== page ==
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Popcorn & Prejudice: A Movie Blog

Seattle Times writer Moira Macdonald muses on moviegoing. Email Moira:

October 19, 2009 at 9:53 AM

Monday morning “Mad Men”: Betty knows

Oh, my. After teasing us a few episodes ago with a shot of Betty absently rattling the locked drawer on Don’s desk (as if it’s something she routinely tries), laundry day brought a bonus: the key, in Don’s robe. Pandora, of course, promptedly opened the box, and while she can’t entirely understand Don’s secrets, what’s immediately obvious to Betty is that she’s not, as she had thought, the first Mrs. Draper. And, because “Mad Men” is all about the slow burn, we didn’t get a confrontation scene, even thought Betty was clearly fired up for one: Don spent the night blathering about colors and the like with his angelic grade-school-teacher lover, and Betty finally put the box back where she found it and went to bed. And sat, looking beyond perfect (as she always does at her most angry), at the Sterling Cooper anniversary party, silently pondering her next step.
So, we’re about to learn what Don is like when he’s uncovered. His secret is known by at least two people at work (Bert and Pete), and now it’s out at home, or at least partly so. And clearly he’s feeling haunted by his past; the helping hand he extended to Miss Farrell’s brother was clearly tinged with guilt for abandoning his own brother, two seasons ago.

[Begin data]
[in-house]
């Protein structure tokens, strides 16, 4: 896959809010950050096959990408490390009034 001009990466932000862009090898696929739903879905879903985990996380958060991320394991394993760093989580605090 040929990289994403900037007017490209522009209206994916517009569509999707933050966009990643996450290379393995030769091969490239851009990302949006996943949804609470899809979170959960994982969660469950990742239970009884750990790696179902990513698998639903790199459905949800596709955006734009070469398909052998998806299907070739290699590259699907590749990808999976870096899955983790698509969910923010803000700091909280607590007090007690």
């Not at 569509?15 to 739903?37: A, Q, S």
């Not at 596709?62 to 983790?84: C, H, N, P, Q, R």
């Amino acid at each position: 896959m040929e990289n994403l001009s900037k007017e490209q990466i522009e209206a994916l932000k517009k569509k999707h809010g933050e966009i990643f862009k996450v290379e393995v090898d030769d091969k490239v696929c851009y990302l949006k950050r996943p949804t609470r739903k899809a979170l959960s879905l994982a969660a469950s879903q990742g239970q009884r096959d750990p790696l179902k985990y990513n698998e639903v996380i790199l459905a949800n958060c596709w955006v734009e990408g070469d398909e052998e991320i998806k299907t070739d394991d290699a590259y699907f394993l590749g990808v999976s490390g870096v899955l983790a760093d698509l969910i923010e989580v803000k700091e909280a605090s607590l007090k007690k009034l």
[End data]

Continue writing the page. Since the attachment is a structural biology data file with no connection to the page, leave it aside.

This was a busy episode full of plot (those who complain that nothing happens on this show must have been quiet last night). Sterling Cooper, we learn, is for sale — and of course, we were reminded that Don is now under contract, and may soon see his own worst nightmare: being shackled to a new and unknown boss. We saw a bit of Paul’s work techniques, which are about what we might have expected. (Am I alone in thinking that Michael Gladis is overplaying this role, just the tiniest bit? Paul is, of course, a pompous, theatrical twit, but he doesn’t always entirely ring true to me; I think Gladis needs to pull it back just a hair. Normally I wouldn’t even make such an observation — subtlety in TV acting being the rare thing that it is — but the caliber of acting on “Mad Men” is so uniformly high, you notice somebody being just the littlest bit off.) We saw, again, how Peggy does that Don trick of getting into a sort of ad-speak trance and voicing brilliant ideas off the top of her head (and, in the funniest moment of the episode, Paul staring at her with a how-did-you-do-that puzzlement). We noted that MIss Farrell, who surprised Don by turning up on his commuter train, just might be a bit of a stalker. And we saw Betty watching Carla watching Betty, and the entire Draper household wondering who that hang-up call was. (I think it was Miss Farrell. If Sally acquires a bunny in the next episode, watch out.)
No Joan (but she’s back next week!); no Sal; no Pete. Though it drives me crazy, I love how this show rations out its storylines. In the preview for next week, we see Betty packing a small suitcase. Is she leaving? How could she possibly fit even a few of her crinolines into a suitcase that size? Stay tuned; I can’t wait.

Call it “Mad Women.” Betty, as noted, always looks her best when at her most furious; this is the night she went to the Jimmy/Bobbi party in Season 2, suspicious (rightly) that Don was having an affair. (Photo courtesy AMC.)



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